Mathew M. Abang (PhD, MBA)
When compared with other regions of the world, Southern Africa’s GDP growth between 2011 and 2017 was higher than that of advanced economies. However, the Southern Africa region (the Member States of the Southern African Development Community – SADC) failed to maintain the growth momentum and had the lowest growth rates in 2018 and 2019 when compared with other regions of the world.
Following the COVID-19 pandemic, regional economic growth is projected to slow down even further. The pandemic has led to a major disruption to food supply chains and resulted in lower incomes and higher prices of some foods. This has put adequate, nutritious food out of reach for many, putting their health at risk, undermining their right to food and stalling efforts to meet Sustainable Development Goal (SDG) 2: “Zero hunger.”
Many countries are dependent on imported cereals, which makes them particularly vulnerable to these types of supply chain disruptions. According to the SADC 2020 Regional Vulnerability Assessment and Analysis Synthesis Report, close to 44.8 million people in both urban and rural areas of Southern Africa are food insecure.
Most people in Southern Africa rely on agriculture for their livelihoods. According to the SADC Secretariat, agriculture contributes between 4 percent and 27 percent of the regional Gross Domestic Product (GDP), and about 20 percent of the total export earnings. In addition to this, over 70 percent of the region’s population (of more than 347 million people) are dependent on agriculture for their livelihoods. One of the main constraints to economic growth, food security and poverty alleviation in the region is low agricultural productivity, which is partly due to the low use of fertilizers in the region. Access to good quality fertilizer at reasonable prices is a challenge to most smallholder farmers in the region.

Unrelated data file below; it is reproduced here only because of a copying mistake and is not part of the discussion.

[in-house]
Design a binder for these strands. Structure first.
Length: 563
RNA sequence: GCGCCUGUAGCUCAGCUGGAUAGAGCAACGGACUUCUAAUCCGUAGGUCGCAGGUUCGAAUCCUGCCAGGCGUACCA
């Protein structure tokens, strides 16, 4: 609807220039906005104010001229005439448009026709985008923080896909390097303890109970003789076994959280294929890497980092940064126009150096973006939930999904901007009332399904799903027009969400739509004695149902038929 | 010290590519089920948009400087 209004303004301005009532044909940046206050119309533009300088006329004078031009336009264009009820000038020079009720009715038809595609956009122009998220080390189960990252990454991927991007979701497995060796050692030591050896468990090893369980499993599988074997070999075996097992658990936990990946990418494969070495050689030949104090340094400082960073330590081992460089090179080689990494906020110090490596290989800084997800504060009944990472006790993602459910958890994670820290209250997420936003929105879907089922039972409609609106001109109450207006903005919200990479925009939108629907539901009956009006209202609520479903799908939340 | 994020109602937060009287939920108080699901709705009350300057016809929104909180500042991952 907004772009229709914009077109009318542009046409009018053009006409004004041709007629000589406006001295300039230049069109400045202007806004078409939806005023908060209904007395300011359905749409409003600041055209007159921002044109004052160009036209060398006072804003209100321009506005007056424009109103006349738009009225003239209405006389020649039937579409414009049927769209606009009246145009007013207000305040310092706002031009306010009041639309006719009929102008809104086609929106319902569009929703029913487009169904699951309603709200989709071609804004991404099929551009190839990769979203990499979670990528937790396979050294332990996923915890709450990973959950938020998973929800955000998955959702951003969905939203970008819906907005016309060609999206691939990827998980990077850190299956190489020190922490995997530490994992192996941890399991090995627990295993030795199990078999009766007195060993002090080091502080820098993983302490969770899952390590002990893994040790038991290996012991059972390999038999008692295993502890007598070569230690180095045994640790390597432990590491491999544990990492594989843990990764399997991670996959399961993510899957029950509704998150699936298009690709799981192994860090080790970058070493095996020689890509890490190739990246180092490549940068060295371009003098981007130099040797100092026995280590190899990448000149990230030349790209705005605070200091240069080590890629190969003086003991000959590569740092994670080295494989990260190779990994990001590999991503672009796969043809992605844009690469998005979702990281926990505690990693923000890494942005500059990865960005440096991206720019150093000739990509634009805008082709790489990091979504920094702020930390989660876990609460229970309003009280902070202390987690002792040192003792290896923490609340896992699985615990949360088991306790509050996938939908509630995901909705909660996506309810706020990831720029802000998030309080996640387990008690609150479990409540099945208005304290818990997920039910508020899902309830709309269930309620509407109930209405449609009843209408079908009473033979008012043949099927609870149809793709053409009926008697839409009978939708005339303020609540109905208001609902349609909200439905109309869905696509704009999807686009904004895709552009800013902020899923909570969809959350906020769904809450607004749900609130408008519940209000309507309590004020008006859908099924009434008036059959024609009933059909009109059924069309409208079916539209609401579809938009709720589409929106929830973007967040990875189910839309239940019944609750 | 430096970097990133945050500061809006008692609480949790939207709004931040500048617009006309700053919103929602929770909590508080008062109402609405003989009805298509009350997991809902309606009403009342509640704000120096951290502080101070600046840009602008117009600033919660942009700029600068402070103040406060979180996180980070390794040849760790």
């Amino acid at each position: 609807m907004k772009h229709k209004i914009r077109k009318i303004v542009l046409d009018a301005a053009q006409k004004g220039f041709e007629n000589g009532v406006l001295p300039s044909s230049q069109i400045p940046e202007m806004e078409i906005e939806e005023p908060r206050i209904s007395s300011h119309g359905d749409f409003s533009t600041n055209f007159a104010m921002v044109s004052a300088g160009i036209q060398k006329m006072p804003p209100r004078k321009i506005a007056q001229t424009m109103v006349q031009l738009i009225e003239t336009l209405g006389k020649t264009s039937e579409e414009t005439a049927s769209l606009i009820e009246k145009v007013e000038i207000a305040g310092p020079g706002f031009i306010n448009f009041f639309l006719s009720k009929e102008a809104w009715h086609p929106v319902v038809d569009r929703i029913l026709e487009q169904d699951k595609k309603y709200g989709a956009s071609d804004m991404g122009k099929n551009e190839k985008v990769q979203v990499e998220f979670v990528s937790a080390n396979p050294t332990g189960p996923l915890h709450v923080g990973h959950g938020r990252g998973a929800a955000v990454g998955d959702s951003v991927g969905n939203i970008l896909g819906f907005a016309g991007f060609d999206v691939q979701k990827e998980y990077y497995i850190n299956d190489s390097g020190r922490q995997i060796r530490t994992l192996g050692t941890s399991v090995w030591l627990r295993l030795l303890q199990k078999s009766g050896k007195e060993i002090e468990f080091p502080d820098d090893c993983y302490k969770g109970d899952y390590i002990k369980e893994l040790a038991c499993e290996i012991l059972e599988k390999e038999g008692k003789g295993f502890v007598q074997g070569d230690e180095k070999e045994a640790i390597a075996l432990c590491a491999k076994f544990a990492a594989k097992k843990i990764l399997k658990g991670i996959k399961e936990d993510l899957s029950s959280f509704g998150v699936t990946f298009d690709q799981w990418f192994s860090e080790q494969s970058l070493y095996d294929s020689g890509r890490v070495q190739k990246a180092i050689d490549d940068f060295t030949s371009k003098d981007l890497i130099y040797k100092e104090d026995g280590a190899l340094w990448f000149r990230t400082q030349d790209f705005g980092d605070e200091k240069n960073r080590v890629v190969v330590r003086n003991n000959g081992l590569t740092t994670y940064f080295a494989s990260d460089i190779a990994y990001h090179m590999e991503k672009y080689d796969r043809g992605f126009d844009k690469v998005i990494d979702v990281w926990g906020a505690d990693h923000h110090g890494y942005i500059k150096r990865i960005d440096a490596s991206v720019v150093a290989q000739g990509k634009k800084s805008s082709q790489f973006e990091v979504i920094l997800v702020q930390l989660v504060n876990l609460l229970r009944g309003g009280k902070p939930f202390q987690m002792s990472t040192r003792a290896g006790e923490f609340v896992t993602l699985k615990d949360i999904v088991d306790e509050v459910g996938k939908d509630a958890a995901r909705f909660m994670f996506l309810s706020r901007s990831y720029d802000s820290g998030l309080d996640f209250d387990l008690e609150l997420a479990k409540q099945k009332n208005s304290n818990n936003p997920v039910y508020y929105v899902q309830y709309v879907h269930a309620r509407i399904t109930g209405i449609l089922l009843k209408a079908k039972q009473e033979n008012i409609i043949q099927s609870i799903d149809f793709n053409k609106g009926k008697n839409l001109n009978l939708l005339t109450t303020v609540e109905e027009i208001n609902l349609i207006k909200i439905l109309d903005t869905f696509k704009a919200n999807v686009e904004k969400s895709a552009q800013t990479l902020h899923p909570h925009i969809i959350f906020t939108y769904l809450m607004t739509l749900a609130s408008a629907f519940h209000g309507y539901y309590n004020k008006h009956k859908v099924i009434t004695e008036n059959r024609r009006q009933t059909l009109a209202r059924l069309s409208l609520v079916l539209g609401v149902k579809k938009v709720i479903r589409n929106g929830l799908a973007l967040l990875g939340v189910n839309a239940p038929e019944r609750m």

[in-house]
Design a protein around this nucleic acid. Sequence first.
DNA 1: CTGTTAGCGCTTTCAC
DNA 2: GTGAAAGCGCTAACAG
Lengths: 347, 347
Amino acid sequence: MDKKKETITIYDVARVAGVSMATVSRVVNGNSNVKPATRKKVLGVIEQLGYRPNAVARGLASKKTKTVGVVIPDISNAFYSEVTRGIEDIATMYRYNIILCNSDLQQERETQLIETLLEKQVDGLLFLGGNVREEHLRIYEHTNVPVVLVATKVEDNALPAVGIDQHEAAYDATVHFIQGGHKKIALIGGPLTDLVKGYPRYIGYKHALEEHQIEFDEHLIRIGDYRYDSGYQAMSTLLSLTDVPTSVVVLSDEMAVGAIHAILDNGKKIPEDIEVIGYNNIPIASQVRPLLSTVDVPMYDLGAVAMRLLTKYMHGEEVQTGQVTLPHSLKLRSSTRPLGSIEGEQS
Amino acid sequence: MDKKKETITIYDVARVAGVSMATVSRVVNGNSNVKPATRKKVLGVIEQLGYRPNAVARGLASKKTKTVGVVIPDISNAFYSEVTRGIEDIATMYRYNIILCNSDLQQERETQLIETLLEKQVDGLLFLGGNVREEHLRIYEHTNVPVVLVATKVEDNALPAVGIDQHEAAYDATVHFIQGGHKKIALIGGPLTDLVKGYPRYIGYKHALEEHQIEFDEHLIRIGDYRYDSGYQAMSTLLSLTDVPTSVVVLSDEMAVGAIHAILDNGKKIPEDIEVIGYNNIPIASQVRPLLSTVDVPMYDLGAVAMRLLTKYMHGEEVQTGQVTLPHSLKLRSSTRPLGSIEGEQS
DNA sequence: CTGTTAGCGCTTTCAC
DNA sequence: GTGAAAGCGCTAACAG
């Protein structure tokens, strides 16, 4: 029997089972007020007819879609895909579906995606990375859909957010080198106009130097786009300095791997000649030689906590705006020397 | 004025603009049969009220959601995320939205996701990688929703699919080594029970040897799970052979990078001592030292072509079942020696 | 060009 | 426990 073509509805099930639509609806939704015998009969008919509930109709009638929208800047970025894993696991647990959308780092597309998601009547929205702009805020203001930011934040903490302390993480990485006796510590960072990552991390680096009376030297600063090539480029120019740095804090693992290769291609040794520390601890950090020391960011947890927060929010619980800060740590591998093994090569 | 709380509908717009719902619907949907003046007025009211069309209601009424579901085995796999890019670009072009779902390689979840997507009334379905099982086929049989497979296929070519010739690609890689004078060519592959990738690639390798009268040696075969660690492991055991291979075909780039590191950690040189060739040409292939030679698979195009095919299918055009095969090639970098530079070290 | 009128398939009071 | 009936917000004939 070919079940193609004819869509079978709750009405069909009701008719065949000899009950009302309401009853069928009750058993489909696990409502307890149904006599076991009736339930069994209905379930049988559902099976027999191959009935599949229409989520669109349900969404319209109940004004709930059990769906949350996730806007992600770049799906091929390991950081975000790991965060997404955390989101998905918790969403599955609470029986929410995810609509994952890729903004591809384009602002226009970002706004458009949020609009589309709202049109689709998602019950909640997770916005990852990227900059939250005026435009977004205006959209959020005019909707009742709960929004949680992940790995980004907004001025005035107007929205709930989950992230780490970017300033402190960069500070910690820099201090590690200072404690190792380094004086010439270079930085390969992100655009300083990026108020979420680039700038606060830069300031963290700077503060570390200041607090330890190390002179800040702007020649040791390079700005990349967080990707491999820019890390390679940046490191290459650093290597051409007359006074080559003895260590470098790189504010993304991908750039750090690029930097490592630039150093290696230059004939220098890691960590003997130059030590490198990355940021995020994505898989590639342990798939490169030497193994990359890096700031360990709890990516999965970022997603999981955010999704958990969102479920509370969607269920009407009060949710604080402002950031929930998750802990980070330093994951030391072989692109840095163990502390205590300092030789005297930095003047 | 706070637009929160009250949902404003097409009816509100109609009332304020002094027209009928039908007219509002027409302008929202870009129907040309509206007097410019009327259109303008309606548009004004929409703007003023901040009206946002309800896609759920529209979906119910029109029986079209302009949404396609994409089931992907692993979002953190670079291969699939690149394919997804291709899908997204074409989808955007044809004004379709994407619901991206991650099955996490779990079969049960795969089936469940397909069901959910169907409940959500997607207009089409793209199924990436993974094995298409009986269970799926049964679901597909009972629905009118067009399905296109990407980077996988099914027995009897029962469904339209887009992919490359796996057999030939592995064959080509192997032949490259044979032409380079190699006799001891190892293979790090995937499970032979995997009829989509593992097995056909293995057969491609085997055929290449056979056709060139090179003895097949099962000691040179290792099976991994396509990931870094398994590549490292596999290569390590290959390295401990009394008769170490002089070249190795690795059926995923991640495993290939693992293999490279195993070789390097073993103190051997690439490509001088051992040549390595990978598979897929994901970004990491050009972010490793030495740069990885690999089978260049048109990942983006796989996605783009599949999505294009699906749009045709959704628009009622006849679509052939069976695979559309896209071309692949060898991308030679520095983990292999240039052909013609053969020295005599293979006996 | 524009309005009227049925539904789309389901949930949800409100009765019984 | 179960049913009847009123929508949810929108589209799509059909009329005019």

Globally, the use of fertilizers from mineral, organic and recycled sources has contributed to increased food production. However, there are differences that exist from region to region depending on what scale the fertilizer is used, the quality standards set, and the degree of adherence to fertilizer regulations. In Southern Africa, there is a perennial problem of low productivity per unit area of production and this is mostly attributed to the misuse and underuse of poor quality fertilizers. The soils in the region lack nutrients through erosion and leaching. Over the past decade, neither fertilizer utilization nor crop yields have shown significant increases.